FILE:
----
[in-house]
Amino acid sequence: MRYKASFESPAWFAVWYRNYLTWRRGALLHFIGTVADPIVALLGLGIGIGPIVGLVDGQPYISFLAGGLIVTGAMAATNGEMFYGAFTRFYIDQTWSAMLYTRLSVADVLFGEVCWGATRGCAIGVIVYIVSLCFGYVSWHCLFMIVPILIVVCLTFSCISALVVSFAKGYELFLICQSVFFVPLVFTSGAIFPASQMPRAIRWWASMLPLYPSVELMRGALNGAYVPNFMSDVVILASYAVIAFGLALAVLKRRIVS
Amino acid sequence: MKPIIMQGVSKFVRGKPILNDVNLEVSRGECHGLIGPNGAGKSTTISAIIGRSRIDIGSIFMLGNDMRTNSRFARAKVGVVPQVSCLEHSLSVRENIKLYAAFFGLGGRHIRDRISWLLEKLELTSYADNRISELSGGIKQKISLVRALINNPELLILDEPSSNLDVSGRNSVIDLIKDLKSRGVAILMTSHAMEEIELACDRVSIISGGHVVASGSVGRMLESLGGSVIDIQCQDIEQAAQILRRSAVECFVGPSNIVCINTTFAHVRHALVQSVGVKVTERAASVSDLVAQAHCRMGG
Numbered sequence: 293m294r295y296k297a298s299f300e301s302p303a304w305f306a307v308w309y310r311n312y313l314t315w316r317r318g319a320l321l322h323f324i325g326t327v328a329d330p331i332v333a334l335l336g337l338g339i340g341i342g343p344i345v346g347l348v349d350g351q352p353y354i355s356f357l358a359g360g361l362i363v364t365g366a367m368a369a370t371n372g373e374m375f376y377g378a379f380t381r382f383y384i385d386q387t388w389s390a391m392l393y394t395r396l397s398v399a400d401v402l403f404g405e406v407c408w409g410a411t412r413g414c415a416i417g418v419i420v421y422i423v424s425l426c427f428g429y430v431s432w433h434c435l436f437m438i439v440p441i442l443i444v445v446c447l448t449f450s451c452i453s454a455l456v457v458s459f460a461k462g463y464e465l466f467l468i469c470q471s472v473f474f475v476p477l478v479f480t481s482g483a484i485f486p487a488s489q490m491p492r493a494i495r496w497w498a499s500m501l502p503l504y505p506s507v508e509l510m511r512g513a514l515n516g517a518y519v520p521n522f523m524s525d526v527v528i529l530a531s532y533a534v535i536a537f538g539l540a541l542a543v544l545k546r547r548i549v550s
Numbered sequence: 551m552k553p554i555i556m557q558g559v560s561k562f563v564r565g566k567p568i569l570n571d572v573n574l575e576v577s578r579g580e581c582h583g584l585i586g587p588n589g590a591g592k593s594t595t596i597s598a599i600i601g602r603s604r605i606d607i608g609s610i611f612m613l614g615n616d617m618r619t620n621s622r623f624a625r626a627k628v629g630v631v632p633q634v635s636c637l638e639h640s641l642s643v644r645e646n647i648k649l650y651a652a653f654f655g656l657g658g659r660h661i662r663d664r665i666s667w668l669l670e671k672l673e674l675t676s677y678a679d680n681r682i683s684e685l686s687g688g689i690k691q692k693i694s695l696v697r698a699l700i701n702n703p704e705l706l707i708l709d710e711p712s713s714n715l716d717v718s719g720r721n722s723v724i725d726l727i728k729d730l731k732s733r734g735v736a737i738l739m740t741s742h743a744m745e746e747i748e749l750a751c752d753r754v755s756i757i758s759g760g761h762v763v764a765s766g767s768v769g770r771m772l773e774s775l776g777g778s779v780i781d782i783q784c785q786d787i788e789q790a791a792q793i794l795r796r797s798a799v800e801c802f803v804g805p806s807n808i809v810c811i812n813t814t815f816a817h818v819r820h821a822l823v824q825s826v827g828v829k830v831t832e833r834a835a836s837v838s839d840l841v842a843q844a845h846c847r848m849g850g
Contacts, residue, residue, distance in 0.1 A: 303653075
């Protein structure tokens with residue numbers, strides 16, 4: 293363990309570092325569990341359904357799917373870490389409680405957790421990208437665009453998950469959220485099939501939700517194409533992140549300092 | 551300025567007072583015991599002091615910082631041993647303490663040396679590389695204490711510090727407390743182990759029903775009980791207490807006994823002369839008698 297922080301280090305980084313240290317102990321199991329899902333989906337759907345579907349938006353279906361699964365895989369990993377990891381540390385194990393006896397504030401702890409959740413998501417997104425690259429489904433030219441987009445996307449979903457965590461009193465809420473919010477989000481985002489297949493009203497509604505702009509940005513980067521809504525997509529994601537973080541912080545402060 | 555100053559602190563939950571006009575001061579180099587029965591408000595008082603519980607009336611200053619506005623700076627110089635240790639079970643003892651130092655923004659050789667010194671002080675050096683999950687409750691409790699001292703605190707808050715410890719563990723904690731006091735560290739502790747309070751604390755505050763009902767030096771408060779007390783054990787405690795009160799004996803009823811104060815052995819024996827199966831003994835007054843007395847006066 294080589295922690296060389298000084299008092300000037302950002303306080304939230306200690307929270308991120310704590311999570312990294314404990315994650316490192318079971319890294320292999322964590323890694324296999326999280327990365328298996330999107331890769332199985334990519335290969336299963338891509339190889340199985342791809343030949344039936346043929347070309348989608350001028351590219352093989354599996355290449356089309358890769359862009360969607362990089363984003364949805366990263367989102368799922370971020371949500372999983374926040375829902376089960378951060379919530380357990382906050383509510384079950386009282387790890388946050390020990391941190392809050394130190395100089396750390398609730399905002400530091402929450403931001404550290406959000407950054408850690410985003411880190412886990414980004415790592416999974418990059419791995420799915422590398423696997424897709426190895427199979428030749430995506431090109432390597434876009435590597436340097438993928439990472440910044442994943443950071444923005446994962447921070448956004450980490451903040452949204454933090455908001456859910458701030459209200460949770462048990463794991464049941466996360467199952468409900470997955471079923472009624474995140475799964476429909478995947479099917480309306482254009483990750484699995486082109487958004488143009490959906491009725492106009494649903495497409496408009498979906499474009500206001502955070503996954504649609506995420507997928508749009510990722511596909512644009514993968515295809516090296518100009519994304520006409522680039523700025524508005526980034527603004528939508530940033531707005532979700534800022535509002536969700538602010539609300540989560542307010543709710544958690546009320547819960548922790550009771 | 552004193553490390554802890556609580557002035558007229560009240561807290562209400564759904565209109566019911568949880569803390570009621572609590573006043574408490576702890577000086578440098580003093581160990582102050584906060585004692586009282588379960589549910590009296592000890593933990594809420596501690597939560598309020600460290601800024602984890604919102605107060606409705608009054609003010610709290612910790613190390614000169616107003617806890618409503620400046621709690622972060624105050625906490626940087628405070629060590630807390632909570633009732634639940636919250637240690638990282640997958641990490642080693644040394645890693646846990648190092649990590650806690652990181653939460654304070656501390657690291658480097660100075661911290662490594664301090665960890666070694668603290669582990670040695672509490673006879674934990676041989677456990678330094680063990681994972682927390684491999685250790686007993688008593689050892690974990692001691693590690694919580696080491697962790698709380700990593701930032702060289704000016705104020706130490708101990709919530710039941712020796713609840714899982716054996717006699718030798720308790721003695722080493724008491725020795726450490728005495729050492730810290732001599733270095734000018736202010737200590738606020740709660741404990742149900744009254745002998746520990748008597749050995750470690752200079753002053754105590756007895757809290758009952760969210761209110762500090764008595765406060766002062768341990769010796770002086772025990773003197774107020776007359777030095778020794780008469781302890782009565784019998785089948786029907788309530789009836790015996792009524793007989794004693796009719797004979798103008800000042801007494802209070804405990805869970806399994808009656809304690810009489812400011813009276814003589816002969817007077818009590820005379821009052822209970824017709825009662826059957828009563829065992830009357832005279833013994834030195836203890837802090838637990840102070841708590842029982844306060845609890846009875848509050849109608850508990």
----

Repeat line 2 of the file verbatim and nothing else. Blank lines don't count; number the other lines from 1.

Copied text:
Amino acid sequence: MRYKASFESPAWFAVWYRNYLTWRRGALLHFIGTVADPIVALLGLGIGIGPIVGLVDGQPYISFLAGGLIVTGAMAATNGEMFYGAFTRFYIDQTWSAMLYTRLSVADVLFGEVCWGATRGCAIGVIVYIVSLCFGYVSWHCLFMIVPILIVVCLTFSCISALVVSFAKGYELFLICQSVFFVPLVFTSGAIFPASQMPRAIRWWASMLPLYPSVELMRGALNGAYVPNFMSDVVILASYAVIAFGLALAVLKRRIVS